On the day in 2014 that I read the new English translation of Khirbet Khizeh, Tom Engelhardt published a blog post rewriting recent news articles on the U.S. Senate's torture report as a 2019 Senate report on drone murders. The 2019 "news" media in Tom's believable account is shocked -- shocked, I tell you -- by the rampant murder discovered to have been committed using missiles from drones of all things.

The point is that most of what's been discussed as news from the recent torture report, and certainly all of the fundamental moral points -- has been known -- or, more accurately, knowable for years. For the past several years, the U.S. establishment has been repeatedly "banning" torture. It has also been repeatedly discovering the same evidence of torture, over and over again. Leading torturers have gone on television to swear they'd do it all again, while radical activist groups have demanded "investigations."

The point is that at some point "truth and reconciliation" is lies and reconciliation -- the lies of pretending that the truth needed to be unearthed, that it was hidden for a time, that the crimes weren't committed in the broad daylight of television spotlights on a sweaty old man assuring us he was about to start working on the dark side.

Illustrated at right, from the iNakba app, are villages that were destroyed in 1948 to create Israel. Generations of Israelis have grown up not knowing, not wanting to know, pretending not to know, and knowing without confronting the Catastrophe. Israelis are discovering what happened, unburying the hidden truth, filming aging participants' distorted confessions, and hunting out the outlines of disappeared villages on GoogleEarth.

But what if the truth was always marching naked down the street with trumpets sounding?

In May 1949, Yizhar Smilansky published Khirbet Khizeh, a fictional account of the destruction of a fictional village much like many real ones. Smilansky knew or hoped that he was ahead of his time, so much so that he began the tale by framing it as a recollection from the distant future. The narrator, like the reader, was known by the author to be unable to see for years to come.

What would keep the book alive until that distant day?

Poetry.

It's not a Senate report. Khirbet Khizeh is a work of masterful insight and storytelling that grips you and compels you to enter the experience of its narrator and his companions, as they do what the author had done, as they imitate Nazis before all the ashes had fallen from the skies above the ovens in Europe.

This book was planted and grew. It's been taught in Israeli schools. It was a movie on Israeli television in 1978. And now, with a sense that perhaps sleepy eyes are stretching open at long last, the book has had itself translated into the language of the imperial homeland, English.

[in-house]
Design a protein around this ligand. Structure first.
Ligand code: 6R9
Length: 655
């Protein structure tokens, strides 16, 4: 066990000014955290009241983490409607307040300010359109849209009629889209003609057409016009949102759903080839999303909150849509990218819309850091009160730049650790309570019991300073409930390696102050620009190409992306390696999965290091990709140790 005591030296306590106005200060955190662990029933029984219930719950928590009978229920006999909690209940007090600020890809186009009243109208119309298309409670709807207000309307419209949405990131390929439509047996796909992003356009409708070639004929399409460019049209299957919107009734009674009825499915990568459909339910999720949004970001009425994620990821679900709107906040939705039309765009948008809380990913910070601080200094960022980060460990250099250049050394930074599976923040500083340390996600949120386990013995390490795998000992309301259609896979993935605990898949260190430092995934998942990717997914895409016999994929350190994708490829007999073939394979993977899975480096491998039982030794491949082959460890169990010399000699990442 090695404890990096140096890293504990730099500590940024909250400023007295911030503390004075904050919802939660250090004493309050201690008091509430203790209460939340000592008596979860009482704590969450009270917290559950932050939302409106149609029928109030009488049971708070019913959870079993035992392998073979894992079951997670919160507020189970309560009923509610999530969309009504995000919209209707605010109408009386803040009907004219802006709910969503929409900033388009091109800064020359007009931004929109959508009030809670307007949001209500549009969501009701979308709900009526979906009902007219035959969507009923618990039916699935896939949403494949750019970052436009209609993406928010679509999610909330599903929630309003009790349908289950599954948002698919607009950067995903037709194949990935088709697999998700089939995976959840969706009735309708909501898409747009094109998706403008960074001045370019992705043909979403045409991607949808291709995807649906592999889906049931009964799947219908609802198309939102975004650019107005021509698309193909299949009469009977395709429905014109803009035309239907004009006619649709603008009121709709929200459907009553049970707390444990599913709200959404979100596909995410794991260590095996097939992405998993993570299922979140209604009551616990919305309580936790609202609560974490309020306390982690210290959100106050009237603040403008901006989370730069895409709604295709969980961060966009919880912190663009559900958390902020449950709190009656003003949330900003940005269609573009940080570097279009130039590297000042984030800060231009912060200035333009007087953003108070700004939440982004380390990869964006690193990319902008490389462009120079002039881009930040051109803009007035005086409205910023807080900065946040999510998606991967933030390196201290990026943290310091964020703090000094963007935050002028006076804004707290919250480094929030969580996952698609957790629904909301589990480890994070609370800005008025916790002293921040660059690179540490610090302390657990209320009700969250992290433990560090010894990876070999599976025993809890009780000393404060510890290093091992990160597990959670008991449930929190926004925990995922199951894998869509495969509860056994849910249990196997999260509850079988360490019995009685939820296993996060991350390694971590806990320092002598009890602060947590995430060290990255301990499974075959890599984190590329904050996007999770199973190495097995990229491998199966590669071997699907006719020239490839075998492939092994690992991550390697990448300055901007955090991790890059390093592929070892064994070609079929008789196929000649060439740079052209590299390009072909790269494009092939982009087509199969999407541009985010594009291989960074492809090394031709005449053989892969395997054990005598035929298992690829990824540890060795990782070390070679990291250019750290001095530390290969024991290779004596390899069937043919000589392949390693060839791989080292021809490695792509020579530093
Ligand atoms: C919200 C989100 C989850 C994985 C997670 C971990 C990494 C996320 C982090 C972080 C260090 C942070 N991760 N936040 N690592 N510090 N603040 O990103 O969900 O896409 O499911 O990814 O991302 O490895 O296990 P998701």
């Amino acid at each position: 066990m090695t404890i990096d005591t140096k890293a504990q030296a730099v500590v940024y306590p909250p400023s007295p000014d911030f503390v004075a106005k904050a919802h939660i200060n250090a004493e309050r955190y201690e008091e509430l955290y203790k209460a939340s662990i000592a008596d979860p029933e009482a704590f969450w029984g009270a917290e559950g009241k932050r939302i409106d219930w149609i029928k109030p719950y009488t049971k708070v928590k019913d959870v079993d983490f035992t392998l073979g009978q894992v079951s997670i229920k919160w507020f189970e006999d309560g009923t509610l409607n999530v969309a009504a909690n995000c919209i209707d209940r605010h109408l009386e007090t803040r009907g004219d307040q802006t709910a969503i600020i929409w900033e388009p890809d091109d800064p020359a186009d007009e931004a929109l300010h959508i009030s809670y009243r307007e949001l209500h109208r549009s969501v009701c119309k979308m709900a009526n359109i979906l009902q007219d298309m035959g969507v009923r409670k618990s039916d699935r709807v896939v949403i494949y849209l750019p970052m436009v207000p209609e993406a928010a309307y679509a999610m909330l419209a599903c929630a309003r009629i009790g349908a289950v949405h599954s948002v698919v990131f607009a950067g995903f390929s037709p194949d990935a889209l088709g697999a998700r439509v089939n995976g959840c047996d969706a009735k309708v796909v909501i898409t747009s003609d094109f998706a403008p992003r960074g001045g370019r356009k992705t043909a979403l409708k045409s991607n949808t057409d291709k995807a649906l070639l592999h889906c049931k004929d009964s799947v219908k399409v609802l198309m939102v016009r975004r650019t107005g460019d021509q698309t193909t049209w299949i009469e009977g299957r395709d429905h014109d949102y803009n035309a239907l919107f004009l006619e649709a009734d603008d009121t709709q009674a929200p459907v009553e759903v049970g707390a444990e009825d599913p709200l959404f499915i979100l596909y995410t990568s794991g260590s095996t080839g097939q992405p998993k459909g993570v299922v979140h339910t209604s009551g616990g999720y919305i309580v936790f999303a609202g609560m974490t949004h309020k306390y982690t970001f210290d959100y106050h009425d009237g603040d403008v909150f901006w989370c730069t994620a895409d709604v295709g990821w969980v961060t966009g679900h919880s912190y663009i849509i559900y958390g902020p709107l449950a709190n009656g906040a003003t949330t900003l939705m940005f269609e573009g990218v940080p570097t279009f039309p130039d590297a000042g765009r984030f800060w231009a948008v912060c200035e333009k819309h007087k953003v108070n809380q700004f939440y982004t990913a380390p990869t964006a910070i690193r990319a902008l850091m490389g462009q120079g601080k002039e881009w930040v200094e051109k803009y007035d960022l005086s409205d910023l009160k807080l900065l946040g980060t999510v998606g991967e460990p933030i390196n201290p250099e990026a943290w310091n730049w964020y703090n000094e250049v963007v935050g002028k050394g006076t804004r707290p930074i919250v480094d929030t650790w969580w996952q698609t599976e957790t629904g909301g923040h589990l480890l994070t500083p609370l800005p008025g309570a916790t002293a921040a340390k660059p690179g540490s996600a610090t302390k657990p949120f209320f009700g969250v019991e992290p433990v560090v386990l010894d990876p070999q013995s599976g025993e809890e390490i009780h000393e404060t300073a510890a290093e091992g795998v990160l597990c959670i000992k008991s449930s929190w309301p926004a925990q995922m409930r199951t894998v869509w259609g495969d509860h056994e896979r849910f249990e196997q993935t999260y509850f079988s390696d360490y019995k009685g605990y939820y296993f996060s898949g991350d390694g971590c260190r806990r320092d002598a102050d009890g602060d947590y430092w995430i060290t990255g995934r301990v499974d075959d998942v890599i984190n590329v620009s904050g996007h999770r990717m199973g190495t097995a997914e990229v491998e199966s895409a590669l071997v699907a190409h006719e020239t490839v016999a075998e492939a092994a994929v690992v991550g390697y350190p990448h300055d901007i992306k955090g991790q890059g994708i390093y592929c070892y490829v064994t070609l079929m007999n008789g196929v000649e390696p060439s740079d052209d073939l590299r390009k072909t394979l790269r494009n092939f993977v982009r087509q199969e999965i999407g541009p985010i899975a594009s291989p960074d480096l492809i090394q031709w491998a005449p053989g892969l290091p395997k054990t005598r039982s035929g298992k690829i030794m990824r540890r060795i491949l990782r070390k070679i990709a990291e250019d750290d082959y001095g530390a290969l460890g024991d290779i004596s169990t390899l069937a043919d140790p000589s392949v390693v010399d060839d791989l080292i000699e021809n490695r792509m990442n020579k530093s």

But how could poetry keep heresy alive?

Several ways, I think. Absolute failure to pay attention, for one. Think about how literature is taught in many U.S. schools, for example. The ability of people to hear the poetry without the meaning, for another. Think about people singing John Lennon's Imagine without having the slightest idea they've just proposed to abolish religions, nations, and private property, or how people throw around the phrase "peace on earth" in December. Perverse but predictable and perhaps predicted misinterpretation, for another. Think about how viewers of the propaganda film Zero Dark Thirty read accounts of torture, for example -- as a dirty job that needed doing for a greater cause.

It's a strain, to me at least, to read Khirbet Khizeh as a celebration of genocide or mass-eviction. And the book not only suffered but also benefitted from being ahead of its time. It pre-existed the mythologies and rhetorical defenses that grew up around the Catastrophe in the decades that followed. When the narrator makes a slight resistance to what he is engaged in, no reader can find anything but humanitarian motivation in his resistance. The idea that this soldier, questioning his fellow soldiers, is engaged in anti-Semitism would literally make no sense. He's revolted by the cruelty, no more no less -- cruelty that every adult and child has to have always known was part of any mass settlement of ancient lands in 1948.

When I was a child, in elementary school, I wrote a story about an eviction of a family from its house, complete with plenty of tear-jerking details. As a good American I wrote about British redcoats evicting patriotic U.S. revolutionaries. My teacher suggested to me that I had a talent for writing. But that wasn't writing. Had I written of the Native Americans, the Hawaiians, the Filipinos, the Vietnamese, of Diego Garcia or Vieques or the Marshall Islands or Thule or Okinawa or any of the many places about which silence was expected, that might have been writing.

Let us wish no more Khirbet Khizehs on the people of Palestine and many more Khirbet Khizehs on the world.